The Court of Appeals refuted Lucky Brand’s arguments and allowed the case to proceed forward. First, the Court reasoned, there is no sense in construing the 2005 decision as awarding damages for acts of infringement that have not occurred yet at that point of time. The Court also ruled that failing to obtain an injunction in a prior action does not prevent one from seeking the injunction in a later case; on the contrary, if money damages are not enough to stop infringement, the need for the injunction becomes clearer. Thus, being found liable for infringement once does not immunize a party from being sued for new alleged acts of the same type of conduct.
While protection of free speech under the First Amendment remains one of the foundations of American society, the First Amendment is not always a defense against suits for violation of intellectual property, such as the rights to a person’s likeness (publicity rights), as the Ninth Circuit Court of Appeals recently illustrated in the Davis v. Electronic Arts case. Electronic Arts (“EA”) makes the “NFL Madden” football videogame, which allows a player to control virtual likenesses of past and present NFL players. While EA pays significant royalties to NFL for the use of current player’s likenesses, EA does not have a license to use the likenesses of former NFL players. When the former players sued EA for violation of their publicity rights, EA attempted to raise defenses based on the First Amendment, which the court rejected.
One of the defenses was that the use of the players’ likenesses was “transformative,” adding significant creative elements that transform the game into something more than a celebrity imitation; however, as the game replicates physical characteristics of the players and shows the players doing what they are famous for (playing football), the court rejected this defense. Likewise, the court also rejected EA’s statutory and common law “public interest” defenses, which are based on the protection of publishing information in the interest of the public, because “NFL Madden” is not a reference source or a collection of facts about football but rather a game. Likewise, the court rejected EA’s argument that the Roger’s test, a test that limits trademark rights when First Amendment rights are involved, should be extended to publicity rights. Finally, the court rejected EA’s argument that the use of the players’ likenesses was protected as being “incidental” because accurate depictions of the players are central to the game.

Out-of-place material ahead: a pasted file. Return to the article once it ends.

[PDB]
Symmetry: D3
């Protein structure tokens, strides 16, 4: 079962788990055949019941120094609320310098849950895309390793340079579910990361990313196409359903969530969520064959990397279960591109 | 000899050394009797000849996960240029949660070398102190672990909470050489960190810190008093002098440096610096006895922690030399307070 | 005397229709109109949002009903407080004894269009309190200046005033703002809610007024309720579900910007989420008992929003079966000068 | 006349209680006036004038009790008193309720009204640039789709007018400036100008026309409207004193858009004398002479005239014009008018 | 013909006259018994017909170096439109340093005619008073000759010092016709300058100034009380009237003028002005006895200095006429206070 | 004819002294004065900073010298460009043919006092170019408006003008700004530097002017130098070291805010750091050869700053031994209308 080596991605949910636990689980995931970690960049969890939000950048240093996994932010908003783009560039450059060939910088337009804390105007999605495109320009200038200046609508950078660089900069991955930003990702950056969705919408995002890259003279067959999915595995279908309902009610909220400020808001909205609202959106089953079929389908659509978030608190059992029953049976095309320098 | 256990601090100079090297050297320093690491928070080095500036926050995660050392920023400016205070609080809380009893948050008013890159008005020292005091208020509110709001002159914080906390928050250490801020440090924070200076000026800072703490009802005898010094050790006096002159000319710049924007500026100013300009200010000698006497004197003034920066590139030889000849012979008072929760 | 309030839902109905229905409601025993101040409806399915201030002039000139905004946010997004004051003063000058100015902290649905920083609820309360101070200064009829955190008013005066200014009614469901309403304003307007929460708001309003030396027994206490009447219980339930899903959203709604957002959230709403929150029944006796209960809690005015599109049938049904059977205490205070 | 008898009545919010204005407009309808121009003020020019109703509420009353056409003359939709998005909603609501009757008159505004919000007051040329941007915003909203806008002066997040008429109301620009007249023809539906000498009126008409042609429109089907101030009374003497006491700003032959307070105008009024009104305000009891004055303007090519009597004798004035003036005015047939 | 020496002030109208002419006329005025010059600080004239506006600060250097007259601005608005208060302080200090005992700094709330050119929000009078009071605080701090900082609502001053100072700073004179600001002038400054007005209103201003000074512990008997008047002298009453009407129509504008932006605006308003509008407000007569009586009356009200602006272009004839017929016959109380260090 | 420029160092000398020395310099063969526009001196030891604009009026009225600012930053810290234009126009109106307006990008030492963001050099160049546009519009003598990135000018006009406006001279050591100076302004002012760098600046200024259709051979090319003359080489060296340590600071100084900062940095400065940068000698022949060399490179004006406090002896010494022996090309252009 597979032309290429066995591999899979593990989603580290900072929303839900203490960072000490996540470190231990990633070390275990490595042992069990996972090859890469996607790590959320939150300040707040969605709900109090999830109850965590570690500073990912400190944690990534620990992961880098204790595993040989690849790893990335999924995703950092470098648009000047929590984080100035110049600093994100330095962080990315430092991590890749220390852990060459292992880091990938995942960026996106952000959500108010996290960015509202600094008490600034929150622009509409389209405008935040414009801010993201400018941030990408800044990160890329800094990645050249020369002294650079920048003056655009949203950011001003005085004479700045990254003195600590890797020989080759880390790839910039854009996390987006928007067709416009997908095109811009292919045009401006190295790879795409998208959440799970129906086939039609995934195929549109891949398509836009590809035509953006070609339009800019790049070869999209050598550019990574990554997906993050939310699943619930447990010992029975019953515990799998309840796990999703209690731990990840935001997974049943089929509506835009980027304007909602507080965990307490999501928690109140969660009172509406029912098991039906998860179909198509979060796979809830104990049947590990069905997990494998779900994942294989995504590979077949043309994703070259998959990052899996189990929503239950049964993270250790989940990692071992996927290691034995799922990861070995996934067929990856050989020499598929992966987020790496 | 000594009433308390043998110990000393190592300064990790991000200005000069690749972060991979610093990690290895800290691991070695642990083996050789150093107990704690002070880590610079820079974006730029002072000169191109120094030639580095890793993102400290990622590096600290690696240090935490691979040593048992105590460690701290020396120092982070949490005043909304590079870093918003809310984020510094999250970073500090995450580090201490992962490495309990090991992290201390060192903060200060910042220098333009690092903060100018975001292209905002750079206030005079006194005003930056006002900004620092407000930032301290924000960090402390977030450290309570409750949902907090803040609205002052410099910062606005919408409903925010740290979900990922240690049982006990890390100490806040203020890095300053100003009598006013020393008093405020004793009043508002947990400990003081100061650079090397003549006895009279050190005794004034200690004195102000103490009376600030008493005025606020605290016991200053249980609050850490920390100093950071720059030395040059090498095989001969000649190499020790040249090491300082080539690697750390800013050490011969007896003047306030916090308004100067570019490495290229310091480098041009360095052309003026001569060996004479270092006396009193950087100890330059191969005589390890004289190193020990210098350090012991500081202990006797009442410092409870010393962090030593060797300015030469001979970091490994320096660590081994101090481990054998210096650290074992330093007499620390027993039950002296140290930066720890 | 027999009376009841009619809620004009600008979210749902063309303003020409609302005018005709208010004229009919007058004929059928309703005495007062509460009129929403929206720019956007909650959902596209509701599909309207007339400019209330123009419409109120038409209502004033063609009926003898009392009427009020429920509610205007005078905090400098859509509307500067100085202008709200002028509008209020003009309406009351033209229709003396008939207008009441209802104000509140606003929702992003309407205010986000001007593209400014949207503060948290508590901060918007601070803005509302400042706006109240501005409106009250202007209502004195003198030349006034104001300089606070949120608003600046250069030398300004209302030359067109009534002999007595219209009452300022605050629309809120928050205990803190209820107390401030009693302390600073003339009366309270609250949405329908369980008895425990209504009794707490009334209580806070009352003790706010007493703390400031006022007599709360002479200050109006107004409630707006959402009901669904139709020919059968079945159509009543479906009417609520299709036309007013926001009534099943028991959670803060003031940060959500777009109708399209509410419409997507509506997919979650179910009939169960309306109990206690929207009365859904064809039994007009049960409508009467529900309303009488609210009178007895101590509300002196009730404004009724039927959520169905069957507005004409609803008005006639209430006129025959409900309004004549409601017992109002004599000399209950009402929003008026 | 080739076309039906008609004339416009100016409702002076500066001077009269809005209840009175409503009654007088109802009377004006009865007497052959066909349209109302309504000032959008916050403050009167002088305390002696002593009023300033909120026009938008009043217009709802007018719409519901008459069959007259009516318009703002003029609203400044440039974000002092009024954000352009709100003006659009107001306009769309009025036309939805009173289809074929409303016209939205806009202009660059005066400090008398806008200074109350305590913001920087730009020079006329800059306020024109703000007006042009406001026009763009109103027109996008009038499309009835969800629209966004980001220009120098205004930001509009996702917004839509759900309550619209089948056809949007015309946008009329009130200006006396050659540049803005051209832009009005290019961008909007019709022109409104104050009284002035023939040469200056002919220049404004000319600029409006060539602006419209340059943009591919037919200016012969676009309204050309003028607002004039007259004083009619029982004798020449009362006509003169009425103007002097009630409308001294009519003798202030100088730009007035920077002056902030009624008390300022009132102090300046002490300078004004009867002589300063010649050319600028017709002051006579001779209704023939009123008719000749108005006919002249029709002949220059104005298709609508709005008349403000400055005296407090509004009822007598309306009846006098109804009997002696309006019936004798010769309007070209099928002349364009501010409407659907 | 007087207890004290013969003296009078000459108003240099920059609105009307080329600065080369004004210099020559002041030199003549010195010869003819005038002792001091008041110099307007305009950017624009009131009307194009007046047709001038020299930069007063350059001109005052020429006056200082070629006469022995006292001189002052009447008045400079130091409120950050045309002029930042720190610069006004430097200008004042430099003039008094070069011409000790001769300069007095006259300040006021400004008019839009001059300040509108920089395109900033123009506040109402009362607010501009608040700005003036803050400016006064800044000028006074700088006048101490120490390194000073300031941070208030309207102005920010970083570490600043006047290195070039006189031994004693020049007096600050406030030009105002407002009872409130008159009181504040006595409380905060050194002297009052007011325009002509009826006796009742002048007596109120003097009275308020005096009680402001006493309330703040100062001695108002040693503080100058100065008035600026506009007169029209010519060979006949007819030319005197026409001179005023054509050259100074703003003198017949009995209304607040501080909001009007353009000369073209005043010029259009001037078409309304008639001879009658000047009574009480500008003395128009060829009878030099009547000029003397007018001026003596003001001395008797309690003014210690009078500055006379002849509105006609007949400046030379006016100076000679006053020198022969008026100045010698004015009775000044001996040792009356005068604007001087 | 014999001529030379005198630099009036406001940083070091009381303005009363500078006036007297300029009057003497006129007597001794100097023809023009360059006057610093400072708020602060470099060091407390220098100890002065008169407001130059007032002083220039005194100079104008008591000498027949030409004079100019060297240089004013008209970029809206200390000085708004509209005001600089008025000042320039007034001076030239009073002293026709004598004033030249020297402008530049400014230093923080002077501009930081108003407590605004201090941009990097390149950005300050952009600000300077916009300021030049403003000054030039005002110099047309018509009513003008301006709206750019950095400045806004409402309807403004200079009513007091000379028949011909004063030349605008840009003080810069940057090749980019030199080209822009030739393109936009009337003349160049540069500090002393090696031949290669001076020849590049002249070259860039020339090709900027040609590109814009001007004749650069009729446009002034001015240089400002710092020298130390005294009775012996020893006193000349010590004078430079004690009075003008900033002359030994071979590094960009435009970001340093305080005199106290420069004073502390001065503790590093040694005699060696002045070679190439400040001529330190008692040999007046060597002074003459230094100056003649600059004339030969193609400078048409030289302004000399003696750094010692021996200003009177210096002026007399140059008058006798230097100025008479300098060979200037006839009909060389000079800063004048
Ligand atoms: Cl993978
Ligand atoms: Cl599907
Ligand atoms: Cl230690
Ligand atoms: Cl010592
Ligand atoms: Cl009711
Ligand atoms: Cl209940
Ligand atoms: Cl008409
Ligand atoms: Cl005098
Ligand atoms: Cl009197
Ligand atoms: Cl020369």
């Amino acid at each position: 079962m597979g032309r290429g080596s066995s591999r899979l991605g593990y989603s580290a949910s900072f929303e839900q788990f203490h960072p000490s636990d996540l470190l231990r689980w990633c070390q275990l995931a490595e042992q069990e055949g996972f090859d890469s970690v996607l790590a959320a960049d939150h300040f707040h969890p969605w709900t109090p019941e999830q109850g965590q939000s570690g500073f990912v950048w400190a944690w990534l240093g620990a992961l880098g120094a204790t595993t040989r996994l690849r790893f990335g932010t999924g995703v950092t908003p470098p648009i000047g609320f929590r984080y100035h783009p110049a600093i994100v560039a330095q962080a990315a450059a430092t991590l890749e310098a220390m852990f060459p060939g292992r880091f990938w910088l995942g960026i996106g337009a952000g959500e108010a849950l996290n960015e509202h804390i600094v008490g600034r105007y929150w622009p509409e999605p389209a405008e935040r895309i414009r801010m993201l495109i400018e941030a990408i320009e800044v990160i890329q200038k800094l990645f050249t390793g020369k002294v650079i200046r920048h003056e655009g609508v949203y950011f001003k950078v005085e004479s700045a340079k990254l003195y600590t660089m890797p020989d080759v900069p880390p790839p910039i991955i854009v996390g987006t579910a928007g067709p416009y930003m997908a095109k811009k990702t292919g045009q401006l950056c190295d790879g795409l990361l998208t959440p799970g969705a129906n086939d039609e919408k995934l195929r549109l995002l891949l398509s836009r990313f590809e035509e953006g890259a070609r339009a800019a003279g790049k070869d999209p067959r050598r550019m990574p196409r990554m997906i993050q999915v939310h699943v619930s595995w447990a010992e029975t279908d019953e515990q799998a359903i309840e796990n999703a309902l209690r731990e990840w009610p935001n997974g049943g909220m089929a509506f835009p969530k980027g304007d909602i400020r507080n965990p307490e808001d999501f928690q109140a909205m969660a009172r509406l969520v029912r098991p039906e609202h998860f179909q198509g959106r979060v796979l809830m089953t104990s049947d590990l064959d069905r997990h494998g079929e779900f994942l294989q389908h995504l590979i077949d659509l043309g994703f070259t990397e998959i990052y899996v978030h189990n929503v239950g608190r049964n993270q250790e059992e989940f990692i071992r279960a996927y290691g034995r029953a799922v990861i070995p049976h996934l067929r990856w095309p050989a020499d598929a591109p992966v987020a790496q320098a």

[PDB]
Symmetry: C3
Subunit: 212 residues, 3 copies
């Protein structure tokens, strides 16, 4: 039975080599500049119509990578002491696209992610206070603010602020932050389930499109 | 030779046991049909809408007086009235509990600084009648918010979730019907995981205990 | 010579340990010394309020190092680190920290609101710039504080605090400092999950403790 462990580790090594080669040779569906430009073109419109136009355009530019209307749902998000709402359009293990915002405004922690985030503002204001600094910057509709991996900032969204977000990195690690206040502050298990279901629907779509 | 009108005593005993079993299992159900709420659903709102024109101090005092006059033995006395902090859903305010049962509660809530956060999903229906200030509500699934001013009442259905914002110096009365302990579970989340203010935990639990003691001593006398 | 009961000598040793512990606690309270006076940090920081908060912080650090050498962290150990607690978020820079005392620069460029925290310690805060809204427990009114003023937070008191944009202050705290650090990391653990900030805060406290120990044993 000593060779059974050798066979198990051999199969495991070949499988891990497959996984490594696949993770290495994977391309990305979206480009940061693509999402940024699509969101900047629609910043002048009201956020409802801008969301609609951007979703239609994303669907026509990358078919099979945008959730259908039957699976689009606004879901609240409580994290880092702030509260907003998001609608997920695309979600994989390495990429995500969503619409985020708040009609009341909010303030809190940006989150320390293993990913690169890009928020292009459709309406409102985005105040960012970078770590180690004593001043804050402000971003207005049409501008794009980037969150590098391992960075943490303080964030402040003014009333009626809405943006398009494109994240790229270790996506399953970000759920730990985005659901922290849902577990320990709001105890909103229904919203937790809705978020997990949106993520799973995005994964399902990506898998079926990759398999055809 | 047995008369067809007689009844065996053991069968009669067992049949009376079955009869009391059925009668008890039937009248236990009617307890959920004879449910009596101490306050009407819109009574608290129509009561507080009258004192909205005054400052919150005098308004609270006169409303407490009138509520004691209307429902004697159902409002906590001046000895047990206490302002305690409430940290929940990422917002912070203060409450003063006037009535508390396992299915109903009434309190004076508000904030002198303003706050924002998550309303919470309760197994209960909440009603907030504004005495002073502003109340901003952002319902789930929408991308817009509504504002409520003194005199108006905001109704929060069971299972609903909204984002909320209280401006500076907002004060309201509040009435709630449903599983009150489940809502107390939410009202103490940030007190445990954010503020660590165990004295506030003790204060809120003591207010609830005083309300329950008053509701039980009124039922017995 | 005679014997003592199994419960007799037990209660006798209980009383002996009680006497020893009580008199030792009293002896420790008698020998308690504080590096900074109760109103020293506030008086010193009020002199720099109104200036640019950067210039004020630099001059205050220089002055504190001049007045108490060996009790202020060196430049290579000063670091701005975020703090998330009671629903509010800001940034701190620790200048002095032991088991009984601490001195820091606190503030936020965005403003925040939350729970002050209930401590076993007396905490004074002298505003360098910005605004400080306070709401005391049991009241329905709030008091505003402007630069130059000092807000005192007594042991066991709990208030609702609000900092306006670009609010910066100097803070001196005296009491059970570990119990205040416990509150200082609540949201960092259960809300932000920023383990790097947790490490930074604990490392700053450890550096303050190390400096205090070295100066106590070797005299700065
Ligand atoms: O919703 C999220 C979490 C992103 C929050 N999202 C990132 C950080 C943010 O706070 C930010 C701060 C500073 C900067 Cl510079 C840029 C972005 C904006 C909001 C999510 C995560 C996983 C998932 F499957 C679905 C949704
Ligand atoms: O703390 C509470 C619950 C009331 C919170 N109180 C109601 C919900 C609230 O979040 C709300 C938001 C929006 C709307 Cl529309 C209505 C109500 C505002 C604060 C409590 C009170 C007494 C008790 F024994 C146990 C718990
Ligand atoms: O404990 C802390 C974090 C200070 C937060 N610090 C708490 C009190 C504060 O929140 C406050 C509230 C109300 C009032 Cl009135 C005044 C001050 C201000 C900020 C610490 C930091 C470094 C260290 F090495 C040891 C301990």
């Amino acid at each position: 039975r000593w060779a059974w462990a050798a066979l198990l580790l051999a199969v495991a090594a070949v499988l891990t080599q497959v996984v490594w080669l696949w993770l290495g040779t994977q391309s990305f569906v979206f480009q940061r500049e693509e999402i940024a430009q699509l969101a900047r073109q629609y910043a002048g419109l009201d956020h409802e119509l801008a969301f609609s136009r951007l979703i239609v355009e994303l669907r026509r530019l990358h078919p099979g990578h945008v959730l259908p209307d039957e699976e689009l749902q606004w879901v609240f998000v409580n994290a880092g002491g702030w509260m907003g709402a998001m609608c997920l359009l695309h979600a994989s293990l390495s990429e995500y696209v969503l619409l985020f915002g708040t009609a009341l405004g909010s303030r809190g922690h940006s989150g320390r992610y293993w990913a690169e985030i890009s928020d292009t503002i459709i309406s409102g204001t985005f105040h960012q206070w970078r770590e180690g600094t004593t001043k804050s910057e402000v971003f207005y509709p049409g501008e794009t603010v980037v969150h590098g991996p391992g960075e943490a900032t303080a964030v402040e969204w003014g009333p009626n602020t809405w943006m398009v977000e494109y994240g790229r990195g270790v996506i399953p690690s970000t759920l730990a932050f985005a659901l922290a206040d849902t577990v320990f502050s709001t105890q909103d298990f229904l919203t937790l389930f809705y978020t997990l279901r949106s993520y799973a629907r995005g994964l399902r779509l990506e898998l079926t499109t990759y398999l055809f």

Interestingly enough, EA previously brought up most of these arguments, and lost, in a similar case that involved NCAA Football games. EA recycled these arguments to preserve them for a rehearing by the Ninth Circuit Court of Appeals en banc or by the Supreme Court, and whether the arguments gain any traction further in the appeal process remains to be seen.
In the last five years, we have seen multiple decisions Supreme Court decisions impacting patentability of software under section 101 and a recent Court of Appeals for the Federal Circuit (CAFC) case of Ultramercial v. Hulu is a good illustration of how the standards set by these decisions differ. The case concerns U.S. patent no. 7,346,545, which covers a method of distributing copyrighted media to consumers over the Internet in exchange for having the consumers view advertisements. CAFC had to consider the validity of this patent on section 101 grounds for a total of three times, in 2011, 2013, and 2014, with the Supreme Court vacating CAFC decisions and remanding the case for reconsideration as additional Supreme Court cases were decided. Initially, CAFC decided the case under the law as set by Bilski v. Kappos, and held the patent valid due to the patent claims requiring an extensive computer interface and complex computer programming. CAFC reconsidered and again upheld the patent for similar reasons under the standard set by the Supreme Court decision of Mayo v. Prometheus, concluding that the claims of the patent were not abstract enough as to be patent ineligible. When faced with the patent for the third time, now under the law set by Alice Corp., CAFC struck down the patent as invalid, ruling that the claims were directed towards an abstract idea and did not have additional elements necessary to transform the claims into a patent eligible application of the idea. CAFC also held that the claim did not satisfy the machine-or-transformation due to not being tied to a novel machine or apparatus and not covering a transformation of a physical matter or something that represents the physical matter.